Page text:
Leaked treaty draft shows US at loggerheads with Pacific states on copyright

The Trans-Pacific Partnership Agreement will have wide-ranging effects on Internet services, an August draft obtained by Wikileaks shows

By , IDG News Service |  Internet

On Oct. 17 chief negotiators from the 12 states party to the TTP said in a joint statement that they had "made significant progress in recent months on all the legal texts and annexes" and had set the objective of completing the agreement this year. Among its goals are "the deepest and broadest possible liberalization of trade and investment," they said. The treaty will set "pioneering standards for new trade disciplines, as a model for future trade agreements", in particular with other Asia-Pacific countries. The negotiators claimed that "Stakeholders across the region have provided valuable input to TPP negotiating teams" but the negotiations have been conducted behind a veil of secrecy, with few opportunities for outsiders to study the working draft of the treaty.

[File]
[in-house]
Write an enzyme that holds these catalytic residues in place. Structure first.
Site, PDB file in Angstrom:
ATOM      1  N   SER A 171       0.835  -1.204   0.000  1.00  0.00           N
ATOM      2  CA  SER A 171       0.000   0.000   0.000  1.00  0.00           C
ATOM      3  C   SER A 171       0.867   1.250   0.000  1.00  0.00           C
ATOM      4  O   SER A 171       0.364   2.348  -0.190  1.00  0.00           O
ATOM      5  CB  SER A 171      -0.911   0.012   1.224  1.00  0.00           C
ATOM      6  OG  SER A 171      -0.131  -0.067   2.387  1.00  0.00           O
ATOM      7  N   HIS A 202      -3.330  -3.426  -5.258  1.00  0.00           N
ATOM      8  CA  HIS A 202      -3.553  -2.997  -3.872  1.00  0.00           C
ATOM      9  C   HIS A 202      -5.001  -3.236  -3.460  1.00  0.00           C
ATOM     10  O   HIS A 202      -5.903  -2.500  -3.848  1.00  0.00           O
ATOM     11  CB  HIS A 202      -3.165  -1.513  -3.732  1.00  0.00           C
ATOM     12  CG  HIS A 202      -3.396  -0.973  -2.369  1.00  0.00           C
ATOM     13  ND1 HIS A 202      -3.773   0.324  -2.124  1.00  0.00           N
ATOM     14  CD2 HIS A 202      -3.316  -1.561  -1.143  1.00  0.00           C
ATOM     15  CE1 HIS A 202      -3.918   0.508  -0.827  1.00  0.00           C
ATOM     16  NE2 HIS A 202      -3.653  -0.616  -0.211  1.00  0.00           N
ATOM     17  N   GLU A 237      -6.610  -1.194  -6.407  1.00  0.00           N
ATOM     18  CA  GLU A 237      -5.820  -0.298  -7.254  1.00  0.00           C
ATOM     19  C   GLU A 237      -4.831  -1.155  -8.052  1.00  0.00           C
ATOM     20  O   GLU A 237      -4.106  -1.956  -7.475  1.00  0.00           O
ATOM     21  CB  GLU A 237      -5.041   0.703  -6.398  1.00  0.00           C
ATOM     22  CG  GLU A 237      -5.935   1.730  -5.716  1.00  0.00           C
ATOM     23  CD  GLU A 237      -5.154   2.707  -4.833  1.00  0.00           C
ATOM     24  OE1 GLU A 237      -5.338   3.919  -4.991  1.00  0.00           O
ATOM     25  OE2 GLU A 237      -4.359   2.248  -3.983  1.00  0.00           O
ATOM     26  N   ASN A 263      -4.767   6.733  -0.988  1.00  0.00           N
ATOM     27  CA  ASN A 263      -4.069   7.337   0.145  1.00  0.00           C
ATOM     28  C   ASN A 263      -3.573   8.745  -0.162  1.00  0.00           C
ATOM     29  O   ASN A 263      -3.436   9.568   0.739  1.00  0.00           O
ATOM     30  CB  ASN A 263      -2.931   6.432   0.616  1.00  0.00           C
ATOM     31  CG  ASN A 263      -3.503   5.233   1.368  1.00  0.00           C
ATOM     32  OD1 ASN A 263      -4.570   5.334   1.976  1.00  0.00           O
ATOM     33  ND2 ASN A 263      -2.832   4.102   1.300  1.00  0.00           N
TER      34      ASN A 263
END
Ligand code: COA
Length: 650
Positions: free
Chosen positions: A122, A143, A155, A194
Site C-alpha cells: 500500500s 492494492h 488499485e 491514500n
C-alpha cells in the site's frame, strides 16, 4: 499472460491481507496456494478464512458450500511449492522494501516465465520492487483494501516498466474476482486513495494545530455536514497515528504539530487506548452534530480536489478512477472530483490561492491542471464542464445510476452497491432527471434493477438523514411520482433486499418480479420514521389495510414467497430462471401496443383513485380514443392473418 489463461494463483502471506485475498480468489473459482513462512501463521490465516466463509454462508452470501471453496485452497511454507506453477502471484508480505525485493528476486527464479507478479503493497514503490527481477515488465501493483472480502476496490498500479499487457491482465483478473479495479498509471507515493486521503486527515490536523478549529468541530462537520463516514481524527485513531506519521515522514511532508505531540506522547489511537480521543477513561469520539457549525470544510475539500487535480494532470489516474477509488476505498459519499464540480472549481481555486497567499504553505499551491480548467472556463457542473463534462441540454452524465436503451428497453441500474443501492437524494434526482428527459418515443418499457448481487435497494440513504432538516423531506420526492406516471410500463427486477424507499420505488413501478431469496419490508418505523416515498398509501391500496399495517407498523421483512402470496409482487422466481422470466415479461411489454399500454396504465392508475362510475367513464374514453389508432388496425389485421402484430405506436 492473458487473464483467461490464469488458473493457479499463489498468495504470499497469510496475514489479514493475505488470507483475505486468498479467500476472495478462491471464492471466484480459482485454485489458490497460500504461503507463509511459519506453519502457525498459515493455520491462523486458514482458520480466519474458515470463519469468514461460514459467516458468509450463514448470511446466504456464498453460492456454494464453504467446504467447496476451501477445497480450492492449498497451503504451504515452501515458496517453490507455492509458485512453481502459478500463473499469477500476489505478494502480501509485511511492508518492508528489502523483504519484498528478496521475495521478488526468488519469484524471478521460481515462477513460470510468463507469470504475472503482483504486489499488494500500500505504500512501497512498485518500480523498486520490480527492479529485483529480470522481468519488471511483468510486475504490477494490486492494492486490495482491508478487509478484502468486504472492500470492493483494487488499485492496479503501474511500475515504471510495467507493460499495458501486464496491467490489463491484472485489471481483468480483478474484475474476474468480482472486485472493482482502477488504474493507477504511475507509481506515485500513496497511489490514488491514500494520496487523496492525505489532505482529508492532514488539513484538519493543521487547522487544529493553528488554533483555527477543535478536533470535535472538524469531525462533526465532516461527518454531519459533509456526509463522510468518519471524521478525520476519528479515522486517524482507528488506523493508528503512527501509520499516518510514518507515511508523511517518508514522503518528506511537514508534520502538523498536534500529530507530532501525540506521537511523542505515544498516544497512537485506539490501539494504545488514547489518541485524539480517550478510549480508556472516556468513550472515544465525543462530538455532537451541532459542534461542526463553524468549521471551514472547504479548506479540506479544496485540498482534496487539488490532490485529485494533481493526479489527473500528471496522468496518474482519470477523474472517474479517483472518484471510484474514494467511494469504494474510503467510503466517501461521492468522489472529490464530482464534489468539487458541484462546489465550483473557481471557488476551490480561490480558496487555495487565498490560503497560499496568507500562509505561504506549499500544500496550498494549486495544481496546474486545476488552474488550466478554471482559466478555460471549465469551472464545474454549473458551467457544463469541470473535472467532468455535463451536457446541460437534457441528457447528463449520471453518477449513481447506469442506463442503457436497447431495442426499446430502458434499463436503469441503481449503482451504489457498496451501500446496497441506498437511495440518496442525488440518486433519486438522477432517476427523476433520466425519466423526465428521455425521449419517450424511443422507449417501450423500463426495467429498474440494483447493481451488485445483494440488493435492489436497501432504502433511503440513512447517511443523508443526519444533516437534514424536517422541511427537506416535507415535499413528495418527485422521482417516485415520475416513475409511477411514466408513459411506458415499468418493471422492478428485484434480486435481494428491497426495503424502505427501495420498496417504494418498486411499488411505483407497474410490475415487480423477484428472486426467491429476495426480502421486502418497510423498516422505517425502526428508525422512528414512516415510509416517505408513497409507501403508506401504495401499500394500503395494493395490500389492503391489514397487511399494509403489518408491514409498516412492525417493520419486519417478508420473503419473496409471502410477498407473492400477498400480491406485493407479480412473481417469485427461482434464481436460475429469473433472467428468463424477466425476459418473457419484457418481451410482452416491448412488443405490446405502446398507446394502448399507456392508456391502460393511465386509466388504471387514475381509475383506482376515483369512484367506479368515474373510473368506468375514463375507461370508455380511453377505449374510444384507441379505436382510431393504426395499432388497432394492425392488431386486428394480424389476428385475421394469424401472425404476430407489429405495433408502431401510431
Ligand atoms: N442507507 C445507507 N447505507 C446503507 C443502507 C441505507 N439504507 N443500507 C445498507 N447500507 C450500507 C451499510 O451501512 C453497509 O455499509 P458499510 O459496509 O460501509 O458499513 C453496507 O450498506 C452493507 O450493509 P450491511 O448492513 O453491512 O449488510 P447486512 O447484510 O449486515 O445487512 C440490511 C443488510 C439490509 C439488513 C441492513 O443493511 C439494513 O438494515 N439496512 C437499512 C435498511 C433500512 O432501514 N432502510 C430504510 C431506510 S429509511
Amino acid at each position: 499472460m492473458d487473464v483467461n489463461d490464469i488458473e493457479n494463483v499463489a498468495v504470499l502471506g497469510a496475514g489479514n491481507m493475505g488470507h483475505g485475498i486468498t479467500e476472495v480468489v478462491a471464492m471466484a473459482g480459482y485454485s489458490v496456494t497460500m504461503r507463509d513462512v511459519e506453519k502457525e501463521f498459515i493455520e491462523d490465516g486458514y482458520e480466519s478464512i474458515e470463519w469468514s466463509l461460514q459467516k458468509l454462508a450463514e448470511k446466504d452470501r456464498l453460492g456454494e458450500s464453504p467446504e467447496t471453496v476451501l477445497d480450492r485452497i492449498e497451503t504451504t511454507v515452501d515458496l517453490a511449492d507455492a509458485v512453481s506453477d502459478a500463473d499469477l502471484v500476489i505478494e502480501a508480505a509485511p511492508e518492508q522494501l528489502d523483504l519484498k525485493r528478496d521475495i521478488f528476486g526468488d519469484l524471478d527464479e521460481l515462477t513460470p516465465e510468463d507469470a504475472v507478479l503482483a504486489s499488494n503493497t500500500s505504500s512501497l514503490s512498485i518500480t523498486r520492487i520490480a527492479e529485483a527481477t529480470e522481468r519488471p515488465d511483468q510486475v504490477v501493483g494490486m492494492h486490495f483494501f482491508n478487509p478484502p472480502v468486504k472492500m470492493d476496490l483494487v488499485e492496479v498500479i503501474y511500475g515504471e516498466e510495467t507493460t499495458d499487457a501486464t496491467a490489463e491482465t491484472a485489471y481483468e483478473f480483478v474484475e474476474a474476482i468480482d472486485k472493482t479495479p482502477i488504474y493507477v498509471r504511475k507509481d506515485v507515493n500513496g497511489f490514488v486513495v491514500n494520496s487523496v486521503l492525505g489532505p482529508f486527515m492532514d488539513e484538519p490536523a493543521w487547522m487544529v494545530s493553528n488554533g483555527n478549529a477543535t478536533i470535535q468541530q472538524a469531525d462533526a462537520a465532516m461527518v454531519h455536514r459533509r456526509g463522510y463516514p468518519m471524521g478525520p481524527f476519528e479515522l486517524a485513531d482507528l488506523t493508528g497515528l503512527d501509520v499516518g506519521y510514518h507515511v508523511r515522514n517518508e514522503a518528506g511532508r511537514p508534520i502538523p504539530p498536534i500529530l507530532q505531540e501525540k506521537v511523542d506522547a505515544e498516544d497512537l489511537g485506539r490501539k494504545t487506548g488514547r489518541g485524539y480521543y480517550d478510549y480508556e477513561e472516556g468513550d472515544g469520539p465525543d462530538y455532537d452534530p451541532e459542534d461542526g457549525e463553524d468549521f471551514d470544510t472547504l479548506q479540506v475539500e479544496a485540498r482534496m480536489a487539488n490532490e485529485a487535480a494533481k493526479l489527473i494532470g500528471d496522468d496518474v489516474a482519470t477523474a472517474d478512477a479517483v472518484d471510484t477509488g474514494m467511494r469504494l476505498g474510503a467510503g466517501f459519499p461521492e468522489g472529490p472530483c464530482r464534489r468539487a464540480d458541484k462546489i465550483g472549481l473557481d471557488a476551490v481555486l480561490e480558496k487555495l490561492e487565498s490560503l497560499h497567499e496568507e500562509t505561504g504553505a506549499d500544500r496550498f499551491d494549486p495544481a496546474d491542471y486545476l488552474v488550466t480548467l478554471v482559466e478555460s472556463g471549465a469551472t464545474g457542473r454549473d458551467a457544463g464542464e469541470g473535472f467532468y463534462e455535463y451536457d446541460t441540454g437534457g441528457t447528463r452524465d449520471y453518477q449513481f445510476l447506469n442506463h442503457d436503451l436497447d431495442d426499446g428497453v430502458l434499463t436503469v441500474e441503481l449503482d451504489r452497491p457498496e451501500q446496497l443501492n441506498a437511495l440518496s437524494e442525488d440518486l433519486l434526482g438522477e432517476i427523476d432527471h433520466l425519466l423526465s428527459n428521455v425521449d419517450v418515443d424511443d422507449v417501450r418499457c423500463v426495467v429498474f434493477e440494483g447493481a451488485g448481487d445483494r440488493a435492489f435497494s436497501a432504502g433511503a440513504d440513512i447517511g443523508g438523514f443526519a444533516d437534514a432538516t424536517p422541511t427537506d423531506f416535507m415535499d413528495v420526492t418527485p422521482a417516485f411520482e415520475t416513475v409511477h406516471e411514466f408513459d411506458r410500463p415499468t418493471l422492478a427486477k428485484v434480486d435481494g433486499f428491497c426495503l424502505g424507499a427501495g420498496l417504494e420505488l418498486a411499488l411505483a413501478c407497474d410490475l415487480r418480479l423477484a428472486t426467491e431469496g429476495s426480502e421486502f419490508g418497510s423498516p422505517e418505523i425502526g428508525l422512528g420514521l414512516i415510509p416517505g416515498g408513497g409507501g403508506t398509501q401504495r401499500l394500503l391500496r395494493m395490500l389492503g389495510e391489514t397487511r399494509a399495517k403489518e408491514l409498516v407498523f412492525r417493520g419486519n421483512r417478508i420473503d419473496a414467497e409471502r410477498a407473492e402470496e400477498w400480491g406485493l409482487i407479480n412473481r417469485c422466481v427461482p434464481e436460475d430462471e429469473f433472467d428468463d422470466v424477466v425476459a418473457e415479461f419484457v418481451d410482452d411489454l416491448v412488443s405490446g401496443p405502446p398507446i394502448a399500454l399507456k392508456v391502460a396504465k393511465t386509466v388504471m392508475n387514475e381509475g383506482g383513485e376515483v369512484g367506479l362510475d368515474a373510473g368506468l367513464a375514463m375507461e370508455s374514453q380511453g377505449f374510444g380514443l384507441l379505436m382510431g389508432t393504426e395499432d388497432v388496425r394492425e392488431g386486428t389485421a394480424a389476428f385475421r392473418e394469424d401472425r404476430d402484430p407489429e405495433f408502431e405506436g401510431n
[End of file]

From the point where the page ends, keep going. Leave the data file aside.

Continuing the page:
Even now, it's hard to say what will be up for discussion in Salt Lake City on Nov. 19. The leaked text published by Wikileaks late Wednesday is not the one TPP chief negotiators will work on there, but rather a draft resulting from the August round of TPP talks in Brunei, according to Wikileaks. Since then, two more rounds of negotiations have been held, likely resulting in further modifications to the draft.

This is not the first leak of the TTP's intellectual property chapter, according to KEI. Its website offers an earlier version from February 2011, together with U.S. proposals for selected provisions on intellectual property from September of that year and a fragment of the text on copyright limitations and exceptions from August 2012.

Peter Sayer covers open source software, European intellectual property legislation and general technology breaking news for IDG News Service. Send comments and news tips to Peter at peter_sayer@idg.com.

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